By functional annotation clustering, we found that the genes MET, HMGA2, CDK4, MDM2, GLI1, and DDIT3 played a role of proto-oncogene in ARMS. MET oncogene is a unique receptor tyrosine kinase (RTK) located on chromosome 7p, and is activated via its natural ligand hepatocyte growth factor/scatter factor (HGF/SF) ligand. Sandra et al. previously observed MET gain in one ARMS cell line by aCGH [21]. In this study, we have also found MET amplification in RMS. Some results showed that MET possibly has a function not only in ARMS, which carries a dominant genetic lesion in an upstream transcription factor, but also in ERMS, in which the molecular mechanisms responsible for PAX3/PAX7 upregulation are more elusive [38], [39], [40]. The data of Riccardo indicated that MET may be necessary for RMS maintenance, and MET-directed therapies may be effective in the treatment of RMS [41]. Francesca et al. showed that MET is widely expressed in ARMS and ERMS at high levels in isolated marrow-infiltrating tumor cells. High levels of expression are associated with unfavorable clinical features, such as tumor marrow involvement [42]. The results of Hou possibly support the function of MET in the development and progression of RMS, and the inhibitor of MET can be an effective targeting therapy reagent for RMS, especially ARMS [43]. So, MET could play an important role in RMS and be expected to become a molecular therapeutic target.

HMGA2 is an important regulator of cell growth and differentiation. HMGA2 is expressed during embryogenesis, but is absent or presented at low levels in terminally differentiated tissues. Overexpression of HMGA2 is associated with aggressive tumor growth, early metastasis, and poor prognosis [44], [45], [46], [47]. Yang et al. showed that the expression of HMGA1 and HMGA2 in RMS with relapse or metastasis is higher than that in RMS without relapse or metastasis. Thus, the overexpression of HMGA1 and HMGA2 may be involved in the carcinogenesis and progression of RMS, and these two genes may also be prognostic indicators of the tumor and provide a new basis for targeted therapy [48]. Another report showed that HMGA2 is required for the proliferation and survival of ERMS cells both in vitro and in vivo [49]. In our study, the amplification of HMGA2 could have a co-effect function in RMS carcinogenesis.

In this study, we found that the gene deletion frequency of AMY2A was 20% in RMS, and we also found that AMY2A gene deletion could be involved in ERMS by functional annotation clustering. The AMY2A gene, which codes for salivary and pancreatic amylases, is located at 1p21.1 region. A homozygous deletion of the AMY2A gene is possibly involved in the pathogenesis of gastric carcinoma. AMY2A gene may have potential for tumor suppression in gastric carcinoma [50]. Mohammad showed that gene losses of AMY2A, TGFA, and REG1B in uterine leiomyosarcoma may be responsible for secondary changes that affect the progression and proliferation of the tumor [51]. At present, there are no studies that report AMY2A gene has role in RMS. It remains to be further studied whether AMY2A plays a role of tumor suppressor gene in RMS.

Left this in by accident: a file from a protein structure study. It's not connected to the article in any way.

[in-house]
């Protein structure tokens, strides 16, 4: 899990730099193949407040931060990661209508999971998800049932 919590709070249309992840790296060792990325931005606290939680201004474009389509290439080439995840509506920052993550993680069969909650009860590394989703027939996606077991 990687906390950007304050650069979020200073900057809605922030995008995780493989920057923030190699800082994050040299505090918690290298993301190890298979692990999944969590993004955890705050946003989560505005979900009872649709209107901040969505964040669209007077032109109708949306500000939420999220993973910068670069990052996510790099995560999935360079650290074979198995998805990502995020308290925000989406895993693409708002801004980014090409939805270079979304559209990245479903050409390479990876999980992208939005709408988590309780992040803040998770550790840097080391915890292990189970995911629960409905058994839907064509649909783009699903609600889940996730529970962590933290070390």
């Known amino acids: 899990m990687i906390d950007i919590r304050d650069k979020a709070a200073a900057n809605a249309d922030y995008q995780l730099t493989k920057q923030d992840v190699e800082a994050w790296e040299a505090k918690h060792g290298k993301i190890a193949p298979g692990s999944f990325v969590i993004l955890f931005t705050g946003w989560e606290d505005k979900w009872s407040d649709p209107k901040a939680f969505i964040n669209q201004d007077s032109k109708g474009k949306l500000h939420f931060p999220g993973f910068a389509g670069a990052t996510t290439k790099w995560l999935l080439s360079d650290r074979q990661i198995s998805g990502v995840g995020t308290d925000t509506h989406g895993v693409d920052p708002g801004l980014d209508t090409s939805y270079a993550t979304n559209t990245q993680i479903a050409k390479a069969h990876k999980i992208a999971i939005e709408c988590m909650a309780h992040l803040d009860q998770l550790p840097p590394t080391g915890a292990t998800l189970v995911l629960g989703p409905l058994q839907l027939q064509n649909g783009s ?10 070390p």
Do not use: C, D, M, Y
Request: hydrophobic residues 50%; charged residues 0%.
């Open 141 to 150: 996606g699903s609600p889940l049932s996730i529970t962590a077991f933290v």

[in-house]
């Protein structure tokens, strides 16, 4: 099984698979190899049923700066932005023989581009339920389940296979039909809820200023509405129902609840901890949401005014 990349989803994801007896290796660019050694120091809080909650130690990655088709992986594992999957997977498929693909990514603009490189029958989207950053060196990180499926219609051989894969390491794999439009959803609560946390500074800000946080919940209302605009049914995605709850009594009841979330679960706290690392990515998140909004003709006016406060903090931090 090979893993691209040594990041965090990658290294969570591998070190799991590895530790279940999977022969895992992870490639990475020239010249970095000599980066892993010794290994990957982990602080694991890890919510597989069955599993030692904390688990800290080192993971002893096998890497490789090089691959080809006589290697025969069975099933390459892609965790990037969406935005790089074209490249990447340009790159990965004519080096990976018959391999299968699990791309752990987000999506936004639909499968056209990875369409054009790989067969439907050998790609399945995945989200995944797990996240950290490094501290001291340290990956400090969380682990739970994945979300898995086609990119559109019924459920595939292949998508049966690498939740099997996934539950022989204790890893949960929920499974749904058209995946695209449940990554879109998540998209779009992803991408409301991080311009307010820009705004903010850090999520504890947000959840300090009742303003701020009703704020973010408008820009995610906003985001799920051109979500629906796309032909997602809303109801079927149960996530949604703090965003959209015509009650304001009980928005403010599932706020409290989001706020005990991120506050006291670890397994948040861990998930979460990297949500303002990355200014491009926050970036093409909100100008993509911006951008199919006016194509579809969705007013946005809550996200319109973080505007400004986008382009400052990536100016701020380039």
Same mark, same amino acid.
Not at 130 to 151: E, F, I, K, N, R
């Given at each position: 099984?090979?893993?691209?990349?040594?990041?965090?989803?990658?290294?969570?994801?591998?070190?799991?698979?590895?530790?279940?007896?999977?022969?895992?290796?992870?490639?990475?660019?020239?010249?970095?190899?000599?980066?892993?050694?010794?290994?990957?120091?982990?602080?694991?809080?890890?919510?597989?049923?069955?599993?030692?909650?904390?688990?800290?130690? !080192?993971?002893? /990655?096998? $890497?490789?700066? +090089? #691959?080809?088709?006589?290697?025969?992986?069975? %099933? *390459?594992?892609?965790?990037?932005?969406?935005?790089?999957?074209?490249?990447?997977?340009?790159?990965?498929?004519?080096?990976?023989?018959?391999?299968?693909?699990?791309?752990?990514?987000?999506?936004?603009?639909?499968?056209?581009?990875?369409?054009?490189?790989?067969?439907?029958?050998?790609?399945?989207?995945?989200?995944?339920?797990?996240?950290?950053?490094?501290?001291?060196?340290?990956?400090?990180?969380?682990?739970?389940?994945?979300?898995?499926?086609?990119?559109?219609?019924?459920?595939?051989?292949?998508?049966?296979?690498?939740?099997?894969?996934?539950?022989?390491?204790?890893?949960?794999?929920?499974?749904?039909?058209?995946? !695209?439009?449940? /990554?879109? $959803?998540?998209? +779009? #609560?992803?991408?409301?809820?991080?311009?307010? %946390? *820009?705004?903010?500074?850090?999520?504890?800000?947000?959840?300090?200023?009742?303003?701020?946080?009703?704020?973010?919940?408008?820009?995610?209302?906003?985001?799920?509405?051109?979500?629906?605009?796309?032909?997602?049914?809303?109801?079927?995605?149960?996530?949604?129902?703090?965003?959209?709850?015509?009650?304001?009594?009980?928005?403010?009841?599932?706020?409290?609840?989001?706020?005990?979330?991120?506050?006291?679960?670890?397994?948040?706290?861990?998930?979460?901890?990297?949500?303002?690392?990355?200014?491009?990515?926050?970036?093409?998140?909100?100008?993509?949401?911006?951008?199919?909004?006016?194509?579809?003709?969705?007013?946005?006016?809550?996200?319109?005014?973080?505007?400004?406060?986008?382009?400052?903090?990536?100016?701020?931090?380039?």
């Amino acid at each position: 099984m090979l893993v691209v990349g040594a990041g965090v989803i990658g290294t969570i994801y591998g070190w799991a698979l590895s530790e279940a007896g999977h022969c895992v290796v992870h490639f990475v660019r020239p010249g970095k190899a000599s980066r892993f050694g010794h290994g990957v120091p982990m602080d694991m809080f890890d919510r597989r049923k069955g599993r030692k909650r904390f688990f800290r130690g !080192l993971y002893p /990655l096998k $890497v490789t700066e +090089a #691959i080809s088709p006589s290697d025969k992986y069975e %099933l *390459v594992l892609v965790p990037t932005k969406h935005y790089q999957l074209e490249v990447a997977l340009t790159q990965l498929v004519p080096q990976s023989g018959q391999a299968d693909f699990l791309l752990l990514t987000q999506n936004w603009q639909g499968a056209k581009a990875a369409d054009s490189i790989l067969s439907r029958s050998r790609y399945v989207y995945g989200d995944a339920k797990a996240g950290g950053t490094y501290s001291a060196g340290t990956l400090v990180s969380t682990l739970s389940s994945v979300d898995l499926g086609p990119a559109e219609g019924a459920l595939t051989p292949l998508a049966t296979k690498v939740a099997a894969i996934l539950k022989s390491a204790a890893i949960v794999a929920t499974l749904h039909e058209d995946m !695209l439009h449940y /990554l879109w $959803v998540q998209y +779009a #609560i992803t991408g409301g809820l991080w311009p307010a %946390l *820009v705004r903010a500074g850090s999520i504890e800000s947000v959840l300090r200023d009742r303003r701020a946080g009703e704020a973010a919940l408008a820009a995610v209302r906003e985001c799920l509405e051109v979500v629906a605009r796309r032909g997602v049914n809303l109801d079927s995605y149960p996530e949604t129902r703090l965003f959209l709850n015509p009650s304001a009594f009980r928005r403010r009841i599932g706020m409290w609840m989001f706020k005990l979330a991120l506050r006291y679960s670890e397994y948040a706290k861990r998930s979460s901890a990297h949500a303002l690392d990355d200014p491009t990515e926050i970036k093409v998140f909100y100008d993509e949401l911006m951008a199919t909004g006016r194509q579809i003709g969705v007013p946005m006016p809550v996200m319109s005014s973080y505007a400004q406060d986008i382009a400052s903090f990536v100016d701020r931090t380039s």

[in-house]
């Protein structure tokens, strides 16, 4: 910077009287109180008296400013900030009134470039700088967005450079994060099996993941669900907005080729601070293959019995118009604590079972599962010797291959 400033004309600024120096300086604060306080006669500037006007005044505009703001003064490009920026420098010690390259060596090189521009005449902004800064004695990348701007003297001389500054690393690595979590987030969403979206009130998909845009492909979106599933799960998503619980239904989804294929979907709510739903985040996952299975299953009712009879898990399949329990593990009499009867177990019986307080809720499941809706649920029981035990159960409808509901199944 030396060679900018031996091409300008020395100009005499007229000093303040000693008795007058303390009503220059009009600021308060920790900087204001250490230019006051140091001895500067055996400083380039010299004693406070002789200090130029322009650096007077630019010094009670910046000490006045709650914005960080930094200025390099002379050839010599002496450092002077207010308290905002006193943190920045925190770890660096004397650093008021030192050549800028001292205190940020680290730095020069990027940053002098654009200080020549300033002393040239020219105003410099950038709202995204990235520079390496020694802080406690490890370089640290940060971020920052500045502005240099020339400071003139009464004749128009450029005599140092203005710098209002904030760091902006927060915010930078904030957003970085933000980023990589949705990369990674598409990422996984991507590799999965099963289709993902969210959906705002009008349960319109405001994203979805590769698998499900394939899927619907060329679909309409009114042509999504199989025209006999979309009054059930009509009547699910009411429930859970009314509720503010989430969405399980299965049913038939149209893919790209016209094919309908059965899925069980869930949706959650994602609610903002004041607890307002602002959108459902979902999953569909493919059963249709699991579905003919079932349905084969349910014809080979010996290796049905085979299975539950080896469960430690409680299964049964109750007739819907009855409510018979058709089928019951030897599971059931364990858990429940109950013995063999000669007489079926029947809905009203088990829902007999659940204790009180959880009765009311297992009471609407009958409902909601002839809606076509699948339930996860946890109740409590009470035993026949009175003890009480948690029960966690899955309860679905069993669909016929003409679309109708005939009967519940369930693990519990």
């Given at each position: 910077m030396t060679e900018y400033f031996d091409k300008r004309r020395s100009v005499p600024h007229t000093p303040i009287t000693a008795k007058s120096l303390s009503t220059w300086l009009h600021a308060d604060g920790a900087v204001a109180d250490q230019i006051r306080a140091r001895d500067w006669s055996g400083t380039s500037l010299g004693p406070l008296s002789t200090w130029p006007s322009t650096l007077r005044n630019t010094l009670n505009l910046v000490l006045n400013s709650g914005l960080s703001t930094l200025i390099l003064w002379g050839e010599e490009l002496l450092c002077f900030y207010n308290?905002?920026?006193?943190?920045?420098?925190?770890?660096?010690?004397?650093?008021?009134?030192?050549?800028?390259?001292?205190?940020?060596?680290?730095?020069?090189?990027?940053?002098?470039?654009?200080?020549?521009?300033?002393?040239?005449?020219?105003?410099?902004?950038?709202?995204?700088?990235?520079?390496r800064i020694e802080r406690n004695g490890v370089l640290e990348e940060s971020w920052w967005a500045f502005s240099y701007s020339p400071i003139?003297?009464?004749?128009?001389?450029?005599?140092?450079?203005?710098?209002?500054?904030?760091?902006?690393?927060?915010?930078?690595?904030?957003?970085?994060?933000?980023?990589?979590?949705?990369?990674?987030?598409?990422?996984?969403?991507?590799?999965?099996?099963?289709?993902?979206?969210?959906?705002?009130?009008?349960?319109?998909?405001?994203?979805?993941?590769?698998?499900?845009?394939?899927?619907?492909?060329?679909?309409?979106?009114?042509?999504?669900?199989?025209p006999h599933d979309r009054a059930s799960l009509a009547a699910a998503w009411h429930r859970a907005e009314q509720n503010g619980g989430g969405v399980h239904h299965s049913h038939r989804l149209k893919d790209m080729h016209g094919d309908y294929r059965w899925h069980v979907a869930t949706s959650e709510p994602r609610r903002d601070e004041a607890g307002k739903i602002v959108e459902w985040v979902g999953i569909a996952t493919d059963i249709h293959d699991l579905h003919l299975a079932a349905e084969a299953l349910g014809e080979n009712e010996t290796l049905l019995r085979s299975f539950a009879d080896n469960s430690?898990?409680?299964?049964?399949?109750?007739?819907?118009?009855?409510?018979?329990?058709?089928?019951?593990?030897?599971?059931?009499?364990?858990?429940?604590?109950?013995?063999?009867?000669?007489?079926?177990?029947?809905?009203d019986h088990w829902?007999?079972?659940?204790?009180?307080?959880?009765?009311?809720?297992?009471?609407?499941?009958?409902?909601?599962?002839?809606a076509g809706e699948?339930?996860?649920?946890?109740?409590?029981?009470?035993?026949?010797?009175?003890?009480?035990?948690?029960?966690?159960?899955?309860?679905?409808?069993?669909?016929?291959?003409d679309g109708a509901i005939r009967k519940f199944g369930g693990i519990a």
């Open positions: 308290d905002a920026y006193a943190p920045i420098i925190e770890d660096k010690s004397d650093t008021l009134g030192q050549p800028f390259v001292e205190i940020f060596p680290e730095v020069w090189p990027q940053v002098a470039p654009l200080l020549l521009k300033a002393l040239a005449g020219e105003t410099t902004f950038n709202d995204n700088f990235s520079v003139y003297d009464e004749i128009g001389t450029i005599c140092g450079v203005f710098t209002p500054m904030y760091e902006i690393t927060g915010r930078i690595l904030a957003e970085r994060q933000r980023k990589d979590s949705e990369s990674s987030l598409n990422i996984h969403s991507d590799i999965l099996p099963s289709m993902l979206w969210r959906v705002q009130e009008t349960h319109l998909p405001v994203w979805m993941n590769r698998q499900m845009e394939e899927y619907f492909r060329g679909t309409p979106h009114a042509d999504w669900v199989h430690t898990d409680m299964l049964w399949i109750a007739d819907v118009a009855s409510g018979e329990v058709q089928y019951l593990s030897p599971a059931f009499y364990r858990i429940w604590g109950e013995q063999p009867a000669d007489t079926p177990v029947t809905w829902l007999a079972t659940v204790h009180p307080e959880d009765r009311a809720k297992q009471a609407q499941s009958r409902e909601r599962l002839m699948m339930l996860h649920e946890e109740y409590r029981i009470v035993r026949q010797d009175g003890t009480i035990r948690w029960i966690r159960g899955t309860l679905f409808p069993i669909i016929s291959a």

The participation of miRNAs in the pathogenesis of human cancer development has been suggested because dysfunction of specific miRNAs is associated with some cancers [52]. Multiple miRNAs are linked to oncogenes and tumor suppressor genes, including the Ras proto-oncogene, anti-apoptotic gene BCL2, potent p53 tumor suppressor gene, and MET oncogene. miRNAs act as tumor suppressors when they repress oncogenic genes, but act as oncogenes when they downregulate tumor suppressors [53]. In RMS, miR-1/206 suppresses MET expression and functions as a potent tumor suppressor in MET-overexpressing tumors [54]. TAM analysis showed upregulation of onco-miRNA (miR-24, miR-27a, and miR-146b). ALK4, MAPK14, and CDKN2A have been shown to be the target genes of multiple miRNAs, including miRNA-24 [55], [56], [57]. The CDKN2A gene is inactivated in numerous human tumors. Deletion of CDKN2A can lead to uncontrolled cell proliferation. Petra et al. reported that CDKN2A is an early event in urinary bladder transitional cell carcinoma [58]. These findings suggested the involvement of miRNAs in RMS.

In summary, this study has identified a number of differential changes in RMS-associated genetic alterations using aCGH and revealed several genes that may be candidate molecular targets for RMS. Taken together, the altered pathways may interact with one another in the induction of apoptosis, cell cycle, proto-oncogene, and amylase activity, all of which may ultimately contribute to the development and progression of RMS. Many of these implicated genes may be responsible for changes that affect tumor progression and proliferation. The findings presented here warrant further studies to investigate the pathophysiological functions of these candidate genes in RMS.

Author Contributions

Conceived and designed the experiments: FL. Performed the experiments: CL DL. Analyzed the data: CL. Contributed reagents/materials/analysis tools: JJ JH WZ YC XC YQ HZ WZ. Wrote the paper: CL.